It is true that local Benches are populated by some disagreeable characters; geriatric windbags who enjoy hearing their many words echo around court rooms and bossy old dames who accepted retirement from work too soon and would otherwise have no reason to dress up. Yet many JPs were kind, empathetic and decent people who try their best to make fair decisions despite the courts’ and various agencies best efforts to thwart them. We would sometimes be advised to simply let offenders walk free because, being in receipt of benefits and already owing to fines to the court, there was no more we could do. 

JPs are often treated like employees rather than unpaid representatives of the monarch in whose name justice is dispensed. The hours I spent waiting around assembly rooms only to be sent home as I was ‘no longer required’; the pressure not to take a break during weekend court so lawyers and court staff could go home earlier; the computerised rota which sent magistrates from Burnley to Blackpool and from Blackpool to Burnley, passing each other on the M55; the inane system of appraisals which wasted everyone’s time but still failed to root out the incompetent. Then there was the mind-numbing ‘training’. Once upon a time, JPs received worthwhile training, during which teas and coffees would be served, and lunches provided, all while a competent pair of legal advisors would share their knowledge of a given aspect of judicial business. Nowadays, one must spend 3 hours thirty minutes staring into a computer screen at home, while someone’s voice lectures you on the importance of diversity, and insists you take a ‘quiz’ or perform a ‘mix and match’ exercise after each section to ensure you have paid sufficient attention. Those few sessions which remain ‘live’ don’t bother to offer lunch; it is hoped that you bring something from home or can source a sandwich in the 35-minute midday break from Preston centre -after all, they are only magistrates. They don’t get paid anyway, so who cares? Their time is cheap; it does not matter if we squander it. In the execution of my judicial oath, I have been sworn at, threatened with death, and watched as I left the courthouse, but I have aways known that one chooses the fair and just option, regardless of its popularity. Yet I was expected to sit at home while a dreary voice from my laptop admonishes me on how to be a magistrate.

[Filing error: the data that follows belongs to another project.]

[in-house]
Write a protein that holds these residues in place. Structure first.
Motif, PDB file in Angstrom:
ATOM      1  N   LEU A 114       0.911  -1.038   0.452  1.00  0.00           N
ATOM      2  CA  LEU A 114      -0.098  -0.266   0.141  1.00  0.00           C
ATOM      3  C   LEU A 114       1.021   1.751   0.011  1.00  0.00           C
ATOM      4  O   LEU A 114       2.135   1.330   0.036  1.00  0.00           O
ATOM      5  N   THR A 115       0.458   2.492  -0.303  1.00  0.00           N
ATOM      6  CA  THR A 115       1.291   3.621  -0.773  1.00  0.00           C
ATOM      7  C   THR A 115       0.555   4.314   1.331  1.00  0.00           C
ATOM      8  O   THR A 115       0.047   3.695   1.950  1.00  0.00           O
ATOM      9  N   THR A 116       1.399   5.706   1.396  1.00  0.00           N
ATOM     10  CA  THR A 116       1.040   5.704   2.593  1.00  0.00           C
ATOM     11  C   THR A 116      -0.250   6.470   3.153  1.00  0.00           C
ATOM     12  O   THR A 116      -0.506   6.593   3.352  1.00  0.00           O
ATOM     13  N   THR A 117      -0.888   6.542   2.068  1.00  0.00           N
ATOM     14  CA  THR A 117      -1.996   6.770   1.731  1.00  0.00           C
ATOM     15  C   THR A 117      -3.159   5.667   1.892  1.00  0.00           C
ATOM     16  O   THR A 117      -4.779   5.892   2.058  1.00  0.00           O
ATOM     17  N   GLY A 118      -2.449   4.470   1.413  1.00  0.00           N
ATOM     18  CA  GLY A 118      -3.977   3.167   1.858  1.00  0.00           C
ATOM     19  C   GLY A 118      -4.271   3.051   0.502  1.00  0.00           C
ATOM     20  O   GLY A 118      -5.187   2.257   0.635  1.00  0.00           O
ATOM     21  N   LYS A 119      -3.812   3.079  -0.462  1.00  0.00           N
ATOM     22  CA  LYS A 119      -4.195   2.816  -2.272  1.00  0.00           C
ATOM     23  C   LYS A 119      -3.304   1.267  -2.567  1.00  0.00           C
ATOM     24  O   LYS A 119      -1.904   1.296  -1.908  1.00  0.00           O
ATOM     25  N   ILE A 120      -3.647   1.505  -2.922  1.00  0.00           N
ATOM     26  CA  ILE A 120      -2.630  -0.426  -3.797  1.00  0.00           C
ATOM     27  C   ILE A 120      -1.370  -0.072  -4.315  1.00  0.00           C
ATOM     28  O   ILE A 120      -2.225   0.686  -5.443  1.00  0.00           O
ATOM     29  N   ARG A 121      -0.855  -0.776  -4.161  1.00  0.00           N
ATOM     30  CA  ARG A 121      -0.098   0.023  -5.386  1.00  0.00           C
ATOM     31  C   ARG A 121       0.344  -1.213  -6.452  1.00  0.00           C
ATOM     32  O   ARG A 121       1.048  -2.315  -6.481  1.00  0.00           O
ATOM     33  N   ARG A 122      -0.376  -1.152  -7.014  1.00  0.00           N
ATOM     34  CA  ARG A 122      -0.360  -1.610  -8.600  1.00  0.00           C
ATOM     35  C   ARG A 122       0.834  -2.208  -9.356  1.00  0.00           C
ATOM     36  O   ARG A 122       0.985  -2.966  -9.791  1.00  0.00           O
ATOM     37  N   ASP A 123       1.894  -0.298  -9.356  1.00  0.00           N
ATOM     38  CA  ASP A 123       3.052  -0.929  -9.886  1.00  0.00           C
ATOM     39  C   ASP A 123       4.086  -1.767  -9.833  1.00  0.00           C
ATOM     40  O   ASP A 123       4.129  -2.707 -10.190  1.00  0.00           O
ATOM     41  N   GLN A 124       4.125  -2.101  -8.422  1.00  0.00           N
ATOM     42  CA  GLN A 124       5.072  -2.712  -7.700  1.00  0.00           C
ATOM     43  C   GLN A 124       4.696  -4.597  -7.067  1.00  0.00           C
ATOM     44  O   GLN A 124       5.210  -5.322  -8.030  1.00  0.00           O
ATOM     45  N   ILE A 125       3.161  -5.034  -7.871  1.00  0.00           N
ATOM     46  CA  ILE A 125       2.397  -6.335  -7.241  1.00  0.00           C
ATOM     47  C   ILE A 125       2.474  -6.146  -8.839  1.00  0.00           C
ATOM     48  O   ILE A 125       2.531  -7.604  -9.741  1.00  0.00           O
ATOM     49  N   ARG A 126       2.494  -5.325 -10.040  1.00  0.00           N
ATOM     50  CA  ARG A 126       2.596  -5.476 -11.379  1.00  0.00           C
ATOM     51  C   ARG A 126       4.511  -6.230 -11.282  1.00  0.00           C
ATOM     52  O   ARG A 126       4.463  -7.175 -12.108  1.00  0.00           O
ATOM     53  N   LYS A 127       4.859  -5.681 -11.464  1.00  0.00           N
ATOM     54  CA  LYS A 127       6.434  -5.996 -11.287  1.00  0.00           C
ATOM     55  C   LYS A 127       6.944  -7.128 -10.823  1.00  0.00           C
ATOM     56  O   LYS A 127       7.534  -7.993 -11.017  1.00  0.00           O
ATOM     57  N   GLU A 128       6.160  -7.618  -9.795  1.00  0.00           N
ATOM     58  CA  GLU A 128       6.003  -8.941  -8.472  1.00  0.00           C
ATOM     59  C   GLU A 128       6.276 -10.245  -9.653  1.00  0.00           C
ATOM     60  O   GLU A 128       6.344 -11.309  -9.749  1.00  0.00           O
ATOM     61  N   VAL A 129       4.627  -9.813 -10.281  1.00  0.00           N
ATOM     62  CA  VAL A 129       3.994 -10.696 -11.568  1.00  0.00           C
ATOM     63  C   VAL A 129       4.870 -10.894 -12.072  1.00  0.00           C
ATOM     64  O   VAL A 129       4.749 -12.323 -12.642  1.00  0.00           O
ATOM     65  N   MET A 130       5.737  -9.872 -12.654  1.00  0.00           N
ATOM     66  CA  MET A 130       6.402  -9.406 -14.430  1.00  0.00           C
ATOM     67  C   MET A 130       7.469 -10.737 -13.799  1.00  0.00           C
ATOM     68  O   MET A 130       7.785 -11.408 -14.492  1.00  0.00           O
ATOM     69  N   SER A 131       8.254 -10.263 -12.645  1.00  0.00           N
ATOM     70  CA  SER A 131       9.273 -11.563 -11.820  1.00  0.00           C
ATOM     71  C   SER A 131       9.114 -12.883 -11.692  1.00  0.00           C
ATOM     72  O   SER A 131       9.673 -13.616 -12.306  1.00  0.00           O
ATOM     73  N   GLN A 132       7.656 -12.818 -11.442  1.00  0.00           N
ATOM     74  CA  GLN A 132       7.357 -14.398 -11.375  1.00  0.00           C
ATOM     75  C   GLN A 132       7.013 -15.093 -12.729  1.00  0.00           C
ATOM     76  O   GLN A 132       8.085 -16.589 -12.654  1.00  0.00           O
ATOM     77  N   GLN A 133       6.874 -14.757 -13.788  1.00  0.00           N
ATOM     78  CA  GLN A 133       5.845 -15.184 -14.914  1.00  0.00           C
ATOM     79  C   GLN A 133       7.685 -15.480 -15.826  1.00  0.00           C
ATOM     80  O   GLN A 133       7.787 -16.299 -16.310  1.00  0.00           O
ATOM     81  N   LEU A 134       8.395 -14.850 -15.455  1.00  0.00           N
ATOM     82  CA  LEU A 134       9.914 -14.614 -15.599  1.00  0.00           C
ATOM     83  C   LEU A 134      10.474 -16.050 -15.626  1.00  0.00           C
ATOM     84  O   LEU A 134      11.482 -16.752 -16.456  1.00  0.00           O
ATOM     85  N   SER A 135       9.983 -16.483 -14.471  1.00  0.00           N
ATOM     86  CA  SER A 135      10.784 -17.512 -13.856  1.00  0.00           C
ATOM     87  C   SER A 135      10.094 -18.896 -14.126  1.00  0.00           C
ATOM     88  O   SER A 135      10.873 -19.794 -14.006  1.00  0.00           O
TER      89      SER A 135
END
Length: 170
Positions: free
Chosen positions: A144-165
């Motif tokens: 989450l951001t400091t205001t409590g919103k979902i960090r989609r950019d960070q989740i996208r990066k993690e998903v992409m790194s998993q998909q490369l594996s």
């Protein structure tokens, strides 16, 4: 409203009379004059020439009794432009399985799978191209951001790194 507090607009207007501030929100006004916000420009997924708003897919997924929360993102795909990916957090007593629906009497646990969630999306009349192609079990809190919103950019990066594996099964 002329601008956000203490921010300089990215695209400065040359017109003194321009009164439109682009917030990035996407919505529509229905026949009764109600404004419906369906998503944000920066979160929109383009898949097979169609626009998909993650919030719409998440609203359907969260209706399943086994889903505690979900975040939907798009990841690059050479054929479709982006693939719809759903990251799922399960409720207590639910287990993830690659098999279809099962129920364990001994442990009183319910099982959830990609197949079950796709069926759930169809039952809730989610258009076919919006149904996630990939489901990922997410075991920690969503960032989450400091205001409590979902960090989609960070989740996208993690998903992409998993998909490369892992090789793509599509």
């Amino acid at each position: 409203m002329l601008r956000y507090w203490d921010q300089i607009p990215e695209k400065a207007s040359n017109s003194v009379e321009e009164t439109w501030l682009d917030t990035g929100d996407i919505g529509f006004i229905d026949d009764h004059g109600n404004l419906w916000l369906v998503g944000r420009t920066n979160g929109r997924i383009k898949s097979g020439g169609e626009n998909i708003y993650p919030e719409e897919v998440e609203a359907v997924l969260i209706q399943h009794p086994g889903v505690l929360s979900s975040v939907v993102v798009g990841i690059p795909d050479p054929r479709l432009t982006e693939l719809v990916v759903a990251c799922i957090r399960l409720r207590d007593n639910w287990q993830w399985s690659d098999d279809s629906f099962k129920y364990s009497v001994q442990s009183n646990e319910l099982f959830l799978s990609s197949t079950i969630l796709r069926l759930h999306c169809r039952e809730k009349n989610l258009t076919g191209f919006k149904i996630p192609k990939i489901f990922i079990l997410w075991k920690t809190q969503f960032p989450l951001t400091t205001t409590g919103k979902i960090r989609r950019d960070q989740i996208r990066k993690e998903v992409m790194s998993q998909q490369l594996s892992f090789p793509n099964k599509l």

Although I regret the way that I and many of my colleagues were treated, here is fifteen years’ worth of voluntary work which helped many people and gave me a feeling of genuine satisfaction. Although it is a pity that the Courts were not able to receive another few decades’ worth of my input, I am glad I am free of it. My time was repeatedly wasted. If you ‘pay for what you get’, we should not be surprised that a lay magistracy is disrespected by the quango which manages the system. Human courts are slow and lumbering, inadequate and ineffective. Although I think the British legal system one of the better ones, and certainly less susceptible to bribery and corruption than many other nations', it makes us long for that perfect justice of heaven. Thank God, He does not employ His Majesty’s Courts and Tribunals Service to manage it, nor some of the bossy old women and pompous old men to dispense it. While saluting the many able and dutiful justices, Advisors, ushers and administrators who work so hard, we know there must be something better.

I pity anyone who finds themselves in an English magistrates’ court- whether they be defendant, witness or magistrate. Only the lawyers benefit, and even they suffered when Legal Aid was thoughtlessly cut. Thank God, heaven's perfect justice is coming, beside which every human judiciary appears cruel or weak.  

It is a joy for the just to do justice, but destruction will come to the workers of iniquity. Proverbs 21:15